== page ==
Tuesday, March 24, 2009

One more thing before we put this to bed.

In todays New York Times comes yet another story about Shepard Fairey’s Obama Hope poster. In this account, the reference photo that was the starting point for Fairey’s poster is now, itself, elevated to fine art status. Hanging next to the now infamous Hope poster in the Chelsea Gallery is Mannie Garcia’s photo that started it all. And for $1200, a print could be yours.

As a graphic designer, the Hope poster phenom is fascinating. We human beings are unique organisms able to abstract complex ideas into visual symbols that can be imbued with great value. Sometimes it’s social value, sometimes political, sometimes religious, ad nauseum. When that symbol connects with its audience, its power can be titanic.

In the mid-80’s, instead of heading off to Wall Street, Obama began his political career as a community organizer in Chicago rallying students against President Reagan’s then attempt to reduce government aid to disadvantaged college students.  It was hard work based in the streets. An experience that clearly shaped our new president’s political values.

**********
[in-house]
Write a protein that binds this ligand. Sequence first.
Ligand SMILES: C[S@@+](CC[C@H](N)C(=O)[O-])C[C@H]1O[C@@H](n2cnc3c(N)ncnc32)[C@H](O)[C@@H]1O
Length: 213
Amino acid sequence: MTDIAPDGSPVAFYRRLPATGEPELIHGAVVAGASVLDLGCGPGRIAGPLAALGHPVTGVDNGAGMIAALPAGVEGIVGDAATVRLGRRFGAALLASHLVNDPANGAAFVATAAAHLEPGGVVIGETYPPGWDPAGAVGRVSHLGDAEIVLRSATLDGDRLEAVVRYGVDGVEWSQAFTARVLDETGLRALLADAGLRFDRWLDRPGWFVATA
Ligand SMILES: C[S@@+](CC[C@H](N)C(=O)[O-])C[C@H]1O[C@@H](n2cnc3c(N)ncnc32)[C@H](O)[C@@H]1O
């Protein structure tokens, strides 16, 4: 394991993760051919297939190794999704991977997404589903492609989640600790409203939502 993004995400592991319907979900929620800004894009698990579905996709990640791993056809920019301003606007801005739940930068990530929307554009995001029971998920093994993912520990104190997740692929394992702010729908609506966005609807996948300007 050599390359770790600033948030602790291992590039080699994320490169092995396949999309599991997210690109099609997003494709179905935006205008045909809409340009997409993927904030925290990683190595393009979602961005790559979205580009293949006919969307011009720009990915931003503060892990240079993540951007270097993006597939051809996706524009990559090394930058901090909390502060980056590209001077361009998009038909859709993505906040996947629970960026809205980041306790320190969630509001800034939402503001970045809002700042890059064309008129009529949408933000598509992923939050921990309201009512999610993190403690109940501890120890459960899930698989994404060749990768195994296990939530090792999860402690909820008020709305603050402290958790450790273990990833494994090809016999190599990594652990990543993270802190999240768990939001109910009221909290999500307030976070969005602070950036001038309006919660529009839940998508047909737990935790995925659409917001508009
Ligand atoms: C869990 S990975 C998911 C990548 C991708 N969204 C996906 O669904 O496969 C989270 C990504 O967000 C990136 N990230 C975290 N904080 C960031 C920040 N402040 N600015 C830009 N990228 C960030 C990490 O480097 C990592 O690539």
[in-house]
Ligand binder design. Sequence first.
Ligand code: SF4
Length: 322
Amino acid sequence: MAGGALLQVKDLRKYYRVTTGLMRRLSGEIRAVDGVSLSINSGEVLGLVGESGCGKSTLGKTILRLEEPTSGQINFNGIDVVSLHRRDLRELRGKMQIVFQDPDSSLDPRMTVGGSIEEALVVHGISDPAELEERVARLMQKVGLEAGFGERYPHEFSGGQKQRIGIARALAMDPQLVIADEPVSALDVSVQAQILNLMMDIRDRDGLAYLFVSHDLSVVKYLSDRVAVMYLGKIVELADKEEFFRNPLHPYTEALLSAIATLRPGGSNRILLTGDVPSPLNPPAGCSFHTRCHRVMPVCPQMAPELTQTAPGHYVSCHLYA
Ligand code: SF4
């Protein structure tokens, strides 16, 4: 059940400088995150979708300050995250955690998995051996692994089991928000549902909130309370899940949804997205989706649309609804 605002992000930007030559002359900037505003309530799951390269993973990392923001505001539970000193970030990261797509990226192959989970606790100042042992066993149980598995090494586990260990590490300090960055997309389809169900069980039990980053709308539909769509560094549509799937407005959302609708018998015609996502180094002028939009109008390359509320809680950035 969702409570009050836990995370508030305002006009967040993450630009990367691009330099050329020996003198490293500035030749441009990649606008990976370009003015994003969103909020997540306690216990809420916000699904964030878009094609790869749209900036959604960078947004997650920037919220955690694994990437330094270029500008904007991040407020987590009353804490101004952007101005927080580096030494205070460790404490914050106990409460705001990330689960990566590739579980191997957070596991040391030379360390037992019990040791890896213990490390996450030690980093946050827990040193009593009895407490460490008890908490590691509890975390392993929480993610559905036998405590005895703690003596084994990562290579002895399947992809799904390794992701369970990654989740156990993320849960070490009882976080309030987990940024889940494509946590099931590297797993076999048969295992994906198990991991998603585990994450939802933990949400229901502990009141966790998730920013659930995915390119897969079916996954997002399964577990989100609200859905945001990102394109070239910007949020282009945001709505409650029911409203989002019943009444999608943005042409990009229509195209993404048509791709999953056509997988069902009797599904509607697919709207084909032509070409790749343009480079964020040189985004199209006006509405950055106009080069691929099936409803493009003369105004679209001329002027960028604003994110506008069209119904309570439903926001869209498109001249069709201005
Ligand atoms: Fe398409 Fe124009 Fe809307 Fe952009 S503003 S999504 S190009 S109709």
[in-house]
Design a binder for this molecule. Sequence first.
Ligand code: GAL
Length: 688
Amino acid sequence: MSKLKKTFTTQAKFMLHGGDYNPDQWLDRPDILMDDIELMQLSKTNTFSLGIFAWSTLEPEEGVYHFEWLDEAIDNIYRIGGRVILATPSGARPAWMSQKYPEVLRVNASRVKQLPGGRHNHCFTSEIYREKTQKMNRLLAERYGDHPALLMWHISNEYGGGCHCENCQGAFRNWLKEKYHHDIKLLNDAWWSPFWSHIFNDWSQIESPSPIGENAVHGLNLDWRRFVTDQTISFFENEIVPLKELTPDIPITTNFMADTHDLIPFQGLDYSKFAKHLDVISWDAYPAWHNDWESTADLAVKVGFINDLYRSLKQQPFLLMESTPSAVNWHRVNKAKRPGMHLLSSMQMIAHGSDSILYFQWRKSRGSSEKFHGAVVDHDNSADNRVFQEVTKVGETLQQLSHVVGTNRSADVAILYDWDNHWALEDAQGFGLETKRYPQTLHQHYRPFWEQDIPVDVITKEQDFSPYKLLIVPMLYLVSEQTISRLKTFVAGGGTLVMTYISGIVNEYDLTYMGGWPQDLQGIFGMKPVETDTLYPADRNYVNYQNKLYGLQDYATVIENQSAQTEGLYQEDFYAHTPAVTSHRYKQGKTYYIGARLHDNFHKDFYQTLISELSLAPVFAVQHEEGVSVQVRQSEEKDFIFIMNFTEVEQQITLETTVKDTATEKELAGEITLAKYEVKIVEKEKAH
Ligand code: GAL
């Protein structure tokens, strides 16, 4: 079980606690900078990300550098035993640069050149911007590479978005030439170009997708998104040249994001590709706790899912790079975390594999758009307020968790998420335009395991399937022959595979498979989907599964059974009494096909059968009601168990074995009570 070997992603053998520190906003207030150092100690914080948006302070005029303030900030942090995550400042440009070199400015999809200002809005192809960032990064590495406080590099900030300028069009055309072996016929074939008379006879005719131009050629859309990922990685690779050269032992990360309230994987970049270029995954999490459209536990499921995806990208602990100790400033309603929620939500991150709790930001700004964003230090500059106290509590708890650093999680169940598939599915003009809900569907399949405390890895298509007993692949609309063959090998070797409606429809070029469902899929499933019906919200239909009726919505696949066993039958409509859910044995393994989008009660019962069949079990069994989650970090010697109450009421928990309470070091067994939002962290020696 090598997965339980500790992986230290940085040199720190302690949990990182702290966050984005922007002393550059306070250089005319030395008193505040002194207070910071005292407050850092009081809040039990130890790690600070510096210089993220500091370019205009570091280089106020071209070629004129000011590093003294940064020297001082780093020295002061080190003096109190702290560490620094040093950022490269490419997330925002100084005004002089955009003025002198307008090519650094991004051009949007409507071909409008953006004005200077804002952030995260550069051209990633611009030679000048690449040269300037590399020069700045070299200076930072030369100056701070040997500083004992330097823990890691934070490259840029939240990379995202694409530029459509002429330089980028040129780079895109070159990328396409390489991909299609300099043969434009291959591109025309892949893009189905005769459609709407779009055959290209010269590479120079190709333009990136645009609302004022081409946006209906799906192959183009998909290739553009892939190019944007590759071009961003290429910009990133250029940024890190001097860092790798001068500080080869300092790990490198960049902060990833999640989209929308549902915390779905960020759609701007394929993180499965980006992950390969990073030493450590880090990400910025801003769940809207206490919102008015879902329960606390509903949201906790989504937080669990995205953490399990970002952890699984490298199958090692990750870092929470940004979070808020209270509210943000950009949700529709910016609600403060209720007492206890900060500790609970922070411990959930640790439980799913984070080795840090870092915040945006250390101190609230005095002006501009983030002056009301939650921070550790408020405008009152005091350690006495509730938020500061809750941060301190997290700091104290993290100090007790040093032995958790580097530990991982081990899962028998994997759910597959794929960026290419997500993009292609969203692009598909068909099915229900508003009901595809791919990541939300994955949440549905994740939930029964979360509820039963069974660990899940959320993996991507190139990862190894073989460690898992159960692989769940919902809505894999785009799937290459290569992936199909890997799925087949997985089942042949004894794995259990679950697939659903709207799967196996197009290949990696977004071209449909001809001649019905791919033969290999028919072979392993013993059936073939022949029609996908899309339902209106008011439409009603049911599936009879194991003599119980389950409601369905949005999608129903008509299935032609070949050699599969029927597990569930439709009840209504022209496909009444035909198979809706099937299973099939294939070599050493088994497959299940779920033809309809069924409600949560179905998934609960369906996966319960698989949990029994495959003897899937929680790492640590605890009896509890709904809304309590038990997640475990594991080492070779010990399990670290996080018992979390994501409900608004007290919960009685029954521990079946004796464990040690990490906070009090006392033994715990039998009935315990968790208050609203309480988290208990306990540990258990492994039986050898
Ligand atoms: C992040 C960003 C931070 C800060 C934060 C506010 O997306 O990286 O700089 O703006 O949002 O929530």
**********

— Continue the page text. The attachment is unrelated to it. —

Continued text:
Fairey began his career in much the same way. Instead of heading off to a prestigious international design firm, for which he could have done based on his raw talent, Fairey headed for the streets. He created a character based on Andre the giant, called it “Obey’ and proceeded to tag the earth with variations on the “Obey” theme. Each of his executions imbued with the spirit and symbolism that makes quality grass roots movements so exciting.

Fast forward to the election of 2008. You know the story. Obama did not commission the original poster. In an almost mystical and, I think, coincidental way, his people saw it and re-commissioned another version of the same poster. Ultimately, Obama makes the phone call personally to Fairey thanking him for his work and expressing  how accurately it portrayed the arc of his campaign. From one community organizer to another.

Image created. Enduring symbol established. Artist, subject and audience connected. Case closed. 

All graphic design should work so well.

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